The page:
My wife and I are coffee drinkers. Beverly Mae used to drink a dozen cups of fully caffeinated coffee everyday. By her third cup she could boogie with the best of them. But that was a long time ago, before we got old. Now she drinks about two cups, and it’s decaffeinated. Me, on the other hand, well, I still imbibe the high-octane stuff. I love it.
If your marriage is anything like ours, you probably own one coffee-maker, but you and your spouse drink different brands, flavors or styles of coffee. For us, it means we have to store the contents of at least one of our coffee-pots off-site, away from the coffee-maker, in containers and carafes; perhaps cups or bowls or glasses or whatever is handy. The coffee gets cold.
Only one of us at a time can store coffee in the coffee-pot. But since we have two microwave-ovens, we don’t really need to keep our coffee hot. We can turn off the coffee-maker after we brew each pot to save energy. And so, everyday, we reheat our coffees in the microwaves, more than once, and thanks to having two of them, we don’t wait in line.
Beverly Mae and I have an eclectic collection of coffee mugs gathered together over decades of marriage. I’ve often wondered: how is it that no matter how big the coffee cup or how tiny; how robust the mug or how dainty; how full or empty we fill—or even which microwave we choose—my wife and I almost never set the timer to reheat our coffee more than once? We always seem to set the microwave to exactly the right number of minutes and seconds to heat our coffee to exactly the right temperature.
Think about it. Can there be any doubt that the mathematics required to accurately set the timer must be beyond the capabilities of 99% of the people who set these timers to reheat their coffee everyday?
The size of the cup, its thickness and material; the amount of coffee in the cup—these are important variables that are required to be taken into account when setting the timer. Not only these variables, but there is the subjective calculation: how hot do I want this coffee to be today? Real hot? Tepid? Mildly warm? There are many tricky variables to track and put into an equation. And, if we are reheating coffee for our spouses, we have to anticipate their calculation of what the best temperature is for their mood and state of mind.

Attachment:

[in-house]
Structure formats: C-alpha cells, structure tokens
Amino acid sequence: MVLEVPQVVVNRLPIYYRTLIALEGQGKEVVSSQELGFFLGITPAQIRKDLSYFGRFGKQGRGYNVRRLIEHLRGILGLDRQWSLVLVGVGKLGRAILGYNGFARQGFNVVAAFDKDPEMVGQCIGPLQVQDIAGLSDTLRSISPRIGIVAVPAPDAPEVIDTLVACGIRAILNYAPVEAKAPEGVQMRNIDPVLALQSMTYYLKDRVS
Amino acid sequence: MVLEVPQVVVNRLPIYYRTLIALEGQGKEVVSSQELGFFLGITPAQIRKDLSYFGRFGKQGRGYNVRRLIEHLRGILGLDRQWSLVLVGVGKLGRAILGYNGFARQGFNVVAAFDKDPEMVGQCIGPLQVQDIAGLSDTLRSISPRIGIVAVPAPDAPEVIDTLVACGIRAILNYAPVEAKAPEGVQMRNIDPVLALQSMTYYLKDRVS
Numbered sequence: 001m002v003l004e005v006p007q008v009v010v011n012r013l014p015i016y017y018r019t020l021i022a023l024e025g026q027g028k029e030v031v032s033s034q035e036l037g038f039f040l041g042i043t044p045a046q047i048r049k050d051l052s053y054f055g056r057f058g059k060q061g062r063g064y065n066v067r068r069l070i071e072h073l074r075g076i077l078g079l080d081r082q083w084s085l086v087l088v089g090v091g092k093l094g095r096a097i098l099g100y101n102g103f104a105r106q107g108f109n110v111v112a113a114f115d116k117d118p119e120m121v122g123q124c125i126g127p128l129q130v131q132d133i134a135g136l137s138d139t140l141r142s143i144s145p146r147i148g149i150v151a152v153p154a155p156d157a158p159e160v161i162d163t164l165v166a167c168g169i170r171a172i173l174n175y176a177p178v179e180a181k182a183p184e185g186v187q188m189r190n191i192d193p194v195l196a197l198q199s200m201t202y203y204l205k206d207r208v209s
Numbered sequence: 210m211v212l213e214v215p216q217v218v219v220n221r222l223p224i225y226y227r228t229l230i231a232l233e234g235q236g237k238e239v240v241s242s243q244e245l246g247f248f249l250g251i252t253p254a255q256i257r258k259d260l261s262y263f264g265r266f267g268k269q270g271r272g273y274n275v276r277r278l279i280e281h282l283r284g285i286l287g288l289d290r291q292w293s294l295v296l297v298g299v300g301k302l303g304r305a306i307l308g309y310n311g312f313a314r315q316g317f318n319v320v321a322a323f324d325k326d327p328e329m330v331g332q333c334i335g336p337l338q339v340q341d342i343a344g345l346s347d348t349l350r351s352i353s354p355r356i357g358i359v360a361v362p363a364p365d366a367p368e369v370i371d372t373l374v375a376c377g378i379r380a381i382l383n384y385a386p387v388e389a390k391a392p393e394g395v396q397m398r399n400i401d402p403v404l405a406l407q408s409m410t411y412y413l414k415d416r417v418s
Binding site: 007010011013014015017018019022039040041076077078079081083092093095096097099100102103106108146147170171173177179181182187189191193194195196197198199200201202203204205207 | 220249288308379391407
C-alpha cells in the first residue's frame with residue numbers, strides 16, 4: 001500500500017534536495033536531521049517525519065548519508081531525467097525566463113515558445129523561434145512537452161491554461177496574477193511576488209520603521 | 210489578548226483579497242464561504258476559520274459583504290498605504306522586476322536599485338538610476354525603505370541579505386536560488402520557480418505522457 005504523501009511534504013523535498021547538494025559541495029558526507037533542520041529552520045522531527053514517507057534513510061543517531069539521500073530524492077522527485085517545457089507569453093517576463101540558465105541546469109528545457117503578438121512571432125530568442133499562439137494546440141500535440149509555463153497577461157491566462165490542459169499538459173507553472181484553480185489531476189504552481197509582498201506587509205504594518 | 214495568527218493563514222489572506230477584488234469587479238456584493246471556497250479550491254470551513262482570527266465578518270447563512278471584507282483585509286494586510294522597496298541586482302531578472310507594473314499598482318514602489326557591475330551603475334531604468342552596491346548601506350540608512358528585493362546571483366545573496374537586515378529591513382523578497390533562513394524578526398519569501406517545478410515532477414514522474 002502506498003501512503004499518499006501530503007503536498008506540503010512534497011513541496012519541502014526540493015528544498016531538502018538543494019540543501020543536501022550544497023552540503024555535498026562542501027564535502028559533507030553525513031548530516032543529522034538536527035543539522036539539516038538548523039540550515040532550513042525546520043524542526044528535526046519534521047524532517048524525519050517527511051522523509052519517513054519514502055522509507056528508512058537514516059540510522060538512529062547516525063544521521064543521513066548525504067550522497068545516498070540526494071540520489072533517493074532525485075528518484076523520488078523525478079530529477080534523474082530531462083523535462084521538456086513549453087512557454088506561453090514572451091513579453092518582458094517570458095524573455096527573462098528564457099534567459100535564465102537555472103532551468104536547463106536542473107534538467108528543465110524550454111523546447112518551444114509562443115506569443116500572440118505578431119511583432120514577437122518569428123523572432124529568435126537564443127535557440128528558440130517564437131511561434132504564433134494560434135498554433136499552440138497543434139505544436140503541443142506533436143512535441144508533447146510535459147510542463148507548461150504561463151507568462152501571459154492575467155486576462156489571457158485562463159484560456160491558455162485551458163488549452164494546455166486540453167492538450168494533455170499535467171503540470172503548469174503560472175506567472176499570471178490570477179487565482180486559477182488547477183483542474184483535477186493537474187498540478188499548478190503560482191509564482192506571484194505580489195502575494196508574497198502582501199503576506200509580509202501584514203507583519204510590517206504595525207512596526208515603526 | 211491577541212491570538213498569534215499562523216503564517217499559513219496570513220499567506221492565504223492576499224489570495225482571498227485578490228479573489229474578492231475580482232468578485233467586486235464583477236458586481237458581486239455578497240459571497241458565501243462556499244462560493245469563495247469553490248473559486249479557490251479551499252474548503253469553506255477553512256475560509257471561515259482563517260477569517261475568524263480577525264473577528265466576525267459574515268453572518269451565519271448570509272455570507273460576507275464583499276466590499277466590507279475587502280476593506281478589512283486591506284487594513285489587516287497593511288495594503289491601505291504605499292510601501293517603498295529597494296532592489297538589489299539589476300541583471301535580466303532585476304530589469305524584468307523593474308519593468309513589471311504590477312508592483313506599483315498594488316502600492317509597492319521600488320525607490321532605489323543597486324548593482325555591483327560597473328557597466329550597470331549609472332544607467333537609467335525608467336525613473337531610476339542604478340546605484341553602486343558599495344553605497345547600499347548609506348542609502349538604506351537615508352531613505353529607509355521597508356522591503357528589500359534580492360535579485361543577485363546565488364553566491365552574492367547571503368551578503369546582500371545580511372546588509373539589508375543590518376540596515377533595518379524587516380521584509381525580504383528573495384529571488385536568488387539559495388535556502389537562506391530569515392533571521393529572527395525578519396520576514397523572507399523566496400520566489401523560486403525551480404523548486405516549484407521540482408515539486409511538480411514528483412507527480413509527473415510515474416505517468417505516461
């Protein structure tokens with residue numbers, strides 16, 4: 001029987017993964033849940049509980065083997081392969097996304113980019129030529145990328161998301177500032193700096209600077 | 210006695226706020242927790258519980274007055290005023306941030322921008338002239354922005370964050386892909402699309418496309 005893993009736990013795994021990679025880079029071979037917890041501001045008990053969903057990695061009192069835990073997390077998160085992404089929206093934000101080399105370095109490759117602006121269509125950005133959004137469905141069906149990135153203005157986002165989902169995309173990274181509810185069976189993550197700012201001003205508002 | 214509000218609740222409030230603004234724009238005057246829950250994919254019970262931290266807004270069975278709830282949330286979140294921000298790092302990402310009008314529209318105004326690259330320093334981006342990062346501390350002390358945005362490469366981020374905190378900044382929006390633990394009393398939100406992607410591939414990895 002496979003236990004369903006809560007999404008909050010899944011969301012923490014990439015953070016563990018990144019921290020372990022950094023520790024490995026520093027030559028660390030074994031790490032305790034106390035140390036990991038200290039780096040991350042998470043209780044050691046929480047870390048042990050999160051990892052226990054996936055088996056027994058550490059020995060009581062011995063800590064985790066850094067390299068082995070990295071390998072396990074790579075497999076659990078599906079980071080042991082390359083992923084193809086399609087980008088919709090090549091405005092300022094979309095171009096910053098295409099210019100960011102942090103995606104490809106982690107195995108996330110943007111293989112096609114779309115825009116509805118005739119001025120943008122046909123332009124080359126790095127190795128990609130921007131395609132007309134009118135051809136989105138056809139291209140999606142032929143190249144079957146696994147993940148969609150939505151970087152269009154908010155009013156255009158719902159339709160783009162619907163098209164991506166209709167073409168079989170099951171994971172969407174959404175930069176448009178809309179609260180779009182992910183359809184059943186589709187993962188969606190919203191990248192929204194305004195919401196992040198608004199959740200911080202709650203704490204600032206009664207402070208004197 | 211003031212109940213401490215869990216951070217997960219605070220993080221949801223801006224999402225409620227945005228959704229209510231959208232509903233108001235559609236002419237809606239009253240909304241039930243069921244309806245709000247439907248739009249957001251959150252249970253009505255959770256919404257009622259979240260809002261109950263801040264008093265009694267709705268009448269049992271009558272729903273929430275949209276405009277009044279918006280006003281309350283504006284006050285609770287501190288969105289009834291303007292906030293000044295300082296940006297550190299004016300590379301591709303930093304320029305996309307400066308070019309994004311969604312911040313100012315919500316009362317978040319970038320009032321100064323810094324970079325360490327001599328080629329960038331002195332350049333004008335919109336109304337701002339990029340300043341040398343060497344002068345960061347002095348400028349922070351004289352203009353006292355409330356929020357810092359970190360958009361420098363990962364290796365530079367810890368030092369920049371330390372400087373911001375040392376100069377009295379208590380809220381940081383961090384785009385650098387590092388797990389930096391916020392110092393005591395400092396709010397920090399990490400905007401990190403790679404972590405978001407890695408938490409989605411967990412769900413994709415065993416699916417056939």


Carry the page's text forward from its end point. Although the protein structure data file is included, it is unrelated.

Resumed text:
It really takes a sophisticated matrix populated with complex differential and difference equations to work out what the results might be under all the possible scenarios. And it might require a government super-computer to crunch the numbers. Of course, I’ve never done the actual work of creating the matrix or the equations. Even if I had, I would have faced the daunting task of isolating all the relevant variables, the tedium of tracking all the units to make sure I ended up with seconds only in the answer, and the exhaustive testing of results to see if they match up with my expectations and experience. Successful creation and application of a workable calculus might involve a lot of tweaking.
Come to think of it, why would I do that? Guessing seems to work better and it’s a lot faster. But I wonder. Am I really guessing? Or is my brain, somehow, doing the math in some far away place inside my brain, behind the scenes and beyond my conscious scrutiny? It’s kind of mysterious, being right all the time, about something as complicated as getting the number of minutes and seconds correct when setting the timer to reheat my coffee.
And my wife, who knows no math, is just as good at the mental calculation as me. Go figure.
P.S. Readers take note: on Valentines Day, 2015, Billy Lee bought a second coffee-maker for his wife, Beverly Mae. Why it took so long for Billy Lee to solve his coffee-problem is a mystery even skilled mathematicians won’t solve. The Editorial Board.